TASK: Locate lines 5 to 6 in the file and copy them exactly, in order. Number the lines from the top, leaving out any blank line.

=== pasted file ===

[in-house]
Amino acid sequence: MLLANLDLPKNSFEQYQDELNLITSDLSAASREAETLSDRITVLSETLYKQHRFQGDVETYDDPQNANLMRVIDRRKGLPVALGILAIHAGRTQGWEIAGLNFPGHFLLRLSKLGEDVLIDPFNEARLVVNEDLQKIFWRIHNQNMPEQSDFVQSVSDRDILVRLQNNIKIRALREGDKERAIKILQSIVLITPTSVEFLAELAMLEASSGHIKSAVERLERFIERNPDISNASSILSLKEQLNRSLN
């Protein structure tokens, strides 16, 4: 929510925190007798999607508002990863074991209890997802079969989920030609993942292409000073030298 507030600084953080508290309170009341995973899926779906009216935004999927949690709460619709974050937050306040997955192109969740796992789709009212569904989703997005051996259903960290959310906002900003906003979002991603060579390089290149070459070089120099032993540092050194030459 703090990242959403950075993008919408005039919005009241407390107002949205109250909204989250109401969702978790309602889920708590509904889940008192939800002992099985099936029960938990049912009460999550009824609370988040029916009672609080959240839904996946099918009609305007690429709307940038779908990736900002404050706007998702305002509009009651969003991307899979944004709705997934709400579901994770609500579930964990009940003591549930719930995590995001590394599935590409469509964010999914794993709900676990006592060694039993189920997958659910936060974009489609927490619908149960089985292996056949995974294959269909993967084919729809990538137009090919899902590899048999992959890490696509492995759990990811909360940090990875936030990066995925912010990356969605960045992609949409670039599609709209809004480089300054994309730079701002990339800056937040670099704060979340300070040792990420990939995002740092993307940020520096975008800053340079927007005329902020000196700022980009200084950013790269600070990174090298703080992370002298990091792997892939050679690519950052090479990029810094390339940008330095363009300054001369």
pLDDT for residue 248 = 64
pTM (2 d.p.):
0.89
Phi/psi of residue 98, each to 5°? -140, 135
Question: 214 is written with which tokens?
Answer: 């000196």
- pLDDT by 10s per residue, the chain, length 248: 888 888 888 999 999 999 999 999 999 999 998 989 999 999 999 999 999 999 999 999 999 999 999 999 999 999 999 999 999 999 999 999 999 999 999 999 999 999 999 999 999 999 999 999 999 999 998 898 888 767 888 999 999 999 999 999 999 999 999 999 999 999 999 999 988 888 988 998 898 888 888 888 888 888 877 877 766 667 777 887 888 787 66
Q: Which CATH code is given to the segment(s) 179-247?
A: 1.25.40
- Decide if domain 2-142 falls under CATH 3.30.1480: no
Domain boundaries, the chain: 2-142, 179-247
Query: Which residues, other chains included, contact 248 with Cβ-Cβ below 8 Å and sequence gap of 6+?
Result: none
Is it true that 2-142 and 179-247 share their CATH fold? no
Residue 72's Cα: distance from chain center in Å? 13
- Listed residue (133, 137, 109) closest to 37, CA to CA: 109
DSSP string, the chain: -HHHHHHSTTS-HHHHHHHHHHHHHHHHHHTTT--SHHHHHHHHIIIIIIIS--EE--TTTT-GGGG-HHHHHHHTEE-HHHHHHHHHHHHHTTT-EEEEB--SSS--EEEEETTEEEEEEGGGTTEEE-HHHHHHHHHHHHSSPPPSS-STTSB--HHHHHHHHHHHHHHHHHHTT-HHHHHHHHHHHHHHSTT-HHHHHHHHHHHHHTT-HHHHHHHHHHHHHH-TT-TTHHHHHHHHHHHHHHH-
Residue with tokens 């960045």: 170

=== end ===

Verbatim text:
pTM (2 d.p.):
0.89